Rev. Henry Dittmar was a history professor at the U of R from 1948 to 1978; this is a photo of a Salzburg student dance in the 1960s from his archive. Can you spot yourself?
Send information to:
University of Redlands,
1200 E. Colton Ave.
P.O. Box 3080, Redlands, CA 92373-0999
or email email@example.com.
In response to our photo from the archives on page 40 of the fall 2020 issue, Wally Pereira ’73 (Johnston) says, “That day has been very meaningful for me for the past 51 years. Oct. 15, 1969, was ‘The Moratorium to End the War in Vietnam.’ As I recall, this was the first anti-war demonstration at the U of R, and it was driven by those of us at Johnston College.
“At Redlands we decided to march to the City Hall from campus. We organized to have marshals (the students with black armbands) to keep everyone together. At the City Hall, we stood on the steps and read the names of the fallen in Vietnam. Each of us who chose to read were given 15 minutes to read the names published in the Congressional Record. We read around the clock until we finished all of the near 40,000 names.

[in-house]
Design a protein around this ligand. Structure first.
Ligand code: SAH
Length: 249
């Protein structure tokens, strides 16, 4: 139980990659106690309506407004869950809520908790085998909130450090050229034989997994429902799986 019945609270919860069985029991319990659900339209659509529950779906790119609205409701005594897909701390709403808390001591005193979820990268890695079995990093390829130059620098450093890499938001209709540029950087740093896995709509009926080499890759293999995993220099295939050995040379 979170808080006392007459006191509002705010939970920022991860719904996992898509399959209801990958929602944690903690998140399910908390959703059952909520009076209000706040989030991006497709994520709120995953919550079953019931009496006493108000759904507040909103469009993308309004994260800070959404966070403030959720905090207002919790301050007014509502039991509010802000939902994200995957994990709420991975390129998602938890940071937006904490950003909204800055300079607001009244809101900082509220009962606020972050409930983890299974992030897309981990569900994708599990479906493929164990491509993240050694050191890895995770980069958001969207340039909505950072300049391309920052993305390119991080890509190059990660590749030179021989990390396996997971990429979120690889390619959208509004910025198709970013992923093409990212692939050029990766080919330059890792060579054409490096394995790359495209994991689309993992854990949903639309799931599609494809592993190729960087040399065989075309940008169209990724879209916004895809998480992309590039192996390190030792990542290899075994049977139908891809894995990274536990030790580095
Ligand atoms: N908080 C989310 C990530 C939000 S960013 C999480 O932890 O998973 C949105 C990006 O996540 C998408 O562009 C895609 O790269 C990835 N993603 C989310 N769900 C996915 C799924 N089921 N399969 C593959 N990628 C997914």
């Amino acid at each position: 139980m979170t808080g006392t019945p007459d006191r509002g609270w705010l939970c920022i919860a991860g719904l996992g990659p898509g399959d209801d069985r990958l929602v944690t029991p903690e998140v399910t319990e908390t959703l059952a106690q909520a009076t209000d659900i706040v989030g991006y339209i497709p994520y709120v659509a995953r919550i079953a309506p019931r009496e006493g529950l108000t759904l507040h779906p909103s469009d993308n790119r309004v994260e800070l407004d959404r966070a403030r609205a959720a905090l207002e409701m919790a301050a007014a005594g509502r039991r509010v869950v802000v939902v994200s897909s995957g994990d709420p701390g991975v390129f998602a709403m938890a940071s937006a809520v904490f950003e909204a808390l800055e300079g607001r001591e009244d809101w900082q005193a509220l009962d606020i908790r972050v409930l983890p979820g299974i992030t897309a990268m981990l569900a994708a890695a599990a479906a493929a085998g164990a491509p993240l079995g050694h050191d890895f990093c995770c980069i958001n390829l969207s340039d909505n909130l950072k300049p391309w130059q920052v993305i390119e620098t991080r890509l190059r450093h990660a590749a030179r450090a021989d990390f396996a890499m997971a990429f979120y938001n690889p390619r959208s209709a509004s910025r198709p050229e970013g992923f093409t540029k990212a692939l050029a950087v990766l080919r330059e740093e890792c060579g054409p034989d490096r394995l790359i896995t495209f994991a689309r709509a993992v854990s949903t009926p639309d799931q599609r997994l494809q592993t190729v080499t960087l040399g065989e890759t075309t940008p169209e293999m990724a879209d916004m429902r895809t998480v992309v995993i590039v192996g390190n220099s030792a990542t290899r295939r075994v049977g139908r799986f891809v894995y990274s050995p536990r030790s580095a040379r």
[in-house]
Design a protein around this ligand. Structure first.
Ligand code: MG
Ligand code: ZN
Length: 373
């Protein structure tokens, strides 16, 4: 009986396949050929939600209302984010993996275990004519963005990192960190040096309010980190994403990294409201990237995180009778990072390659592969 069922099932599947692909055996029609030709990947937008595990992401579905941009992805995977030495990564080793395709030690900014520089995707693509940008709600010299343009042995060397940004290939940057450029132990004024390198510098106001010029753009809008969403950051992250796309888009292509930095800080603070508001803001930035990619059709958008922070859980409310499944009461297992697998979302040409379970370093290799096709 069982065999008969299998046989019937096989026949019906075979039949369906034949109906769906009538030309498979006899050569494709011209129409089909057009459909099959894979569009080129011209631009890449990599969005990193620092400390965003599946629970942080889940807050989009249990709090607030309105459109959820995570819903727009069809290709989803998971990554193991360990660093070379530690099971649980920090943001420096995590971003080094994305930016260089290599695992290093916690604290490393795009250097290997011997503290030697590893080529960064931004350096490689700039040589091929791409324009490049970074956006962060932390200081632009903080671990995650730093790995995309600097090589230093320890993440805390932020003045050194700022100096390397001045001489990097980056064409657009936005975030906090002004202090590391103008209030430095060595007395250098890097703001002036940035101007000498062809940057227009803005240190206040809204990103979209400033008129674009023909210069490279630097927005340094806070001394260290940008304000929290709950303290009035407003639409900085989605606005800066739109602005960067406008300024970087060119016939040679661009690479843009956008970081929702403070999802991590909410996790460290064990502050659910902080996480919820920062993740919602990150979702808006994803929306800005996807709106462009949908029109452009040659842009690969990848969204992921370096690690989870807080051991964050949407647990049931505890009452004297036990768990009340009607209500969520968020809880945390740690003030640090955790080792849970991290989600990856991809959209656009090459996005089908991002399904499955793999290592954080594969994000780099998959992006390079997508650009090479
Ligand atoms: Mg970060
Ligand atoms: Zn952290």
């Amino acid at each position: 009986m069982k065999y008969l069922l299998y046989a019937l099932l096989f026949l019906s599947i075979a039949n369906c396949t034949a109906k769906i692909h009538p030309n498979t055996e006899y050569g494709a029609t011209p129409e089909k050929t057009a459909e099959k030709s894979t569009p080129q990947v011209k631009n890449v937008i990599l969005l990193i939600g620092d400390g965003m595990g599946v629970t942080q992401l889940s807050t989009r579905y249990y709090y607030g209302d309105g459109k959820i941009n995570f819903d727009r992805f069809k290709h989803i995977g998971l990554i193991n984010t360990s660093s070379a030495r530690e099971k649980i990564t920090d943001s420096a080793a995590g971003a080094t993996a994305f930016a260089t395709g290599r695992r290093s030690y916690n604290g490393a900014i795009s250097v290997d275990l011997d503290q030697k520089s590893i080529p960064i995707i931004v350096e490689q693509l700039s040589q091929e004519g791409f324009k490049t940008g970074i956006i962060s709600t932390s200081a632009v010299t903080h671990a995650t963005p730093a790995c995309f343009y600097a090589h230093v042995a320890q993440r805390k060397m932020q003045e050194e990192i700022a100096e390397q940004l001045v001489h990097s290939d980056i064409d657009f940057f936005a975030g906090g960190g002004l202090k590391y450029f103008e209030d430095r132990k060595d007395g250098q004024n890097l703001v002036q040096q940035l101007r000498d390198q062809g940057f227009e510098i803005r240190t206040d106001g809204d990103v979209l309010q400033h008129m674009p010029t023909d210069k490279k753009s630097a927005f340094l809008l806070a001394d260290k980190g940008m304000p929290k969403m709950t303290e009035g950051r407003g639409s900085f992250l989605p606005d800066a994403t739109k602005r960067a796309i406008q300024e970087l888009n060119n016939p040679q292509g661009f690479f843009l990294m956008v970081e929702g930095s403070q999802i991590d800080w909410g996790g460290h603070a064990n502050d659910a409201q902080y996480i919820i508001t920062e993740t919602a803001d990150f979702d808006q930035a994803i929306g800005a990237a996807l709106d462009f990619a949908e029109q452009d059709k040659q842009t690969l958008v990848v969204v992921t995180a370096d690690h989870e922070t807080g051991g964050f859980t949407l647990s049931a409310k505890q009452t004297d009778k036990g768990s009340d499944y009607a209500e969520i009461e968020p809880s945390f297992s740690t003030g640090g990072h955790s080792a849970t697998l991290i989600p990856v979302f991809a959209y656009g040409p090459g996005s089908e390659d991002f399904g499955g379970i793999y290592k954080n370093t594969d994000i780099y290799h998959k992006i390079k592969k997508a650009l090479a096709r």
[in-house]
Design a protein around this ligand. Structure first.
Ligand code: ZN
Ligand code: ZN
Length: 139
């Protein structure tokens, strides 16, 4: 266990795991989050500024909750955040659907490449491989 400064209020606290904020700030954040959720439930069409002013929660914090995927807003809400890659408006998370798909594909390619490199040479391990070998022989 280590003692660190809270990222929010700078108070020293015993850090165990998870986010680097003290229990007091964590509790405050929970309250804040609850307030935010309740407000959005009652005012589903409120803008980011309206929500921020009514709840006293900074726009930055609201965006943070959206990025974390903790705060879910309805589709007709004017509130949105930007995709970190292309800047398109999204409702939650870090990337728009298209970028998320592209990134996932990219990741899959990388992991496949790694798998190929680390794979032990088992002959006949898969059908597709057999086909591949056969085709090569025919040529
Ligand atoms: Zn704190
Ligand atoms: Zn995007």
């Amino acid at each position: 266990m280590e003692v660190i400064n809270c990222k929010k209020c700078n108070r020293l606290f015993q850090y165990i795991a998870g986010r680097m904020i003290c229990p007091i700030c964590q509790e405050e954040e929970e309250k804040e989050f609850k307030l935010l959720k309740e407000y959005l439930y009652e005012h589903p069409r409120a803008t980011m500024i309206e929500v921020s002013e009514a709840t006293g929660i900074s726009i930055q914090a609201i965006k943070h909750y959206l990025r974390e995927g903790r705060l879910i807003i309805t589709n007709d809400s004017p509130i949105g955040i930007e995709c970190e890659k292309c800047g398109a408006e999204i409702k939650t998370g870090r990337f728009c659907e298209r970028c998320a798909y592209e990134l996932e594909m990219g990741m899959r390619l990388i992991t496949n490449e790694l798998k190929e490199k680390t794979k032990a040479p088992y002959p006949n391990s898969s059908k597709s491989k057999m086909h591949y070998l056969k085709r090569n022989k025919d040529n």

“My 15 minutes were some of the longest in my life. I left the stairs shaken. So many names were in the pages already read, and so many more to be read! From my experience, the demonstration was disciplined and well-managed by the marshals. I also recall it was peacefully received by the community of Redlands.”
Anna Napoli remembers different aspects of that day; then a new professor at the University of Redlands and a six-week resident of Redlands, she recalls signs on some Colton homes saying “Traitors” and men with old-style video cameras recording the group’s progress. “Word was that we’d all earned a place on President Richard Nixon’s ‘enemies list.’ I stood quietly in front of the rebuilt First Methodist Church until the group dispersed, then walked up Cajon Street to Professor Jay and Jane Roberts’ house where I hitched a ride home.”
DJ Jensen ’73 says, “The whole Moratorium movement was spearheaded by Sam Brown ’65. No rumbles downtown, but Redlanders definitely gave us dagger looks. On a personal note, the summer before I left home in Ventura my dad informed me, ‘If I ever see you in an anti-war march, I’m yanking you out of college!’ Thank Buddha, sleepy Redlands did not show up on any TV broadcasts!”